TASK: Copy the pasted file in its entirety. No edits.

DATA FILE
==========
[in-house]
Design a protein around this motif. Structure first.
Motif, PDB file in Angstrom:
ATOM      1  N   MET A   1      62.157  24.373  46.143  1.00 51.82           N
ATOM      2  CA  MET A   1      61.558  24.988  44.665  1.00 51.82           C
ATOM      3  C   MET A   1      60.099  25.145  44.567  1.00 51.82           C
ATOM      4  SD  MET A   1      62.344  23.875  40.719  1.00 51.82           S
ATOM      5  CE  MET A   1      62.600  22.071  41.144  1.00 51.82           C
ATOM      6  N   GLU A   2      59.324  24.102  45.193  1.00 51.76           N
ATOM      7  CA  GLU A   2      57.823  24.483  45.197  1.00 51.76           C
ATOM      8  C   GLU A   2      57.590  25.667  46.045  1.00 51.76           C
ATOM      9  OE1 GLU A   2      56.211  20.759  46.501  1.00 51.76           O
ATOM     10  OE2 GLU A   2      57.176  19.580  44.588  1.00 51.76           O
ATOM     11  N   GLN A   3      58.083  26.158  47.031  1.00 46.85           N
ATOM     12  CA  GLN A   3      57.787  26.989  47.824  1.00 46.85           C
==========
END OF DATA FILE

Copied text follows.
[in-house]
Design a protein around this motif. Structure first.
Motif, PDB file in Angstrom:
ATOM      1  N   MET A   1      62.157  24.373  46.143  1.00 51.82           N
ATOM      2  CA  MET A   1      61.558  24.988  44.665  1.00 51.82           C
ATOM      3  C   MET A   1      60.099  25.145  44.567  1.00 51.82           C
ATOM      4  SD  MET A   1      62.344  23.875  40.719  1.00 51.82           S
ATOM      5  CE  MET A   1      62.600  22.071  41.144  1.00 51.82           C
ATOM      6  N   GLU A   2      59.324  24.102  45.193  1.00 51.76           N
ATOM      7  CA  GLU A   2      57.823  24.483  45.197  1.00 51.76           C
ATOM      8  C   GLU A   2      57.590  25.667  46.045  1.00 51.76           C
ATOM      9  OE1 GLU A   2      56.211  20.759  46.501  1.00 51.76           O
ATOM     10  OE2 GLU A   2      57.176  19.580  44.588  1.00 51.76           O
ATOM     11  N   GLN A   3      58.083  26.158  47.031  1.00 46.85           N
ATOM     12  CA  GLN A   3      57.787  26.989  47.824  1.00 46.85           C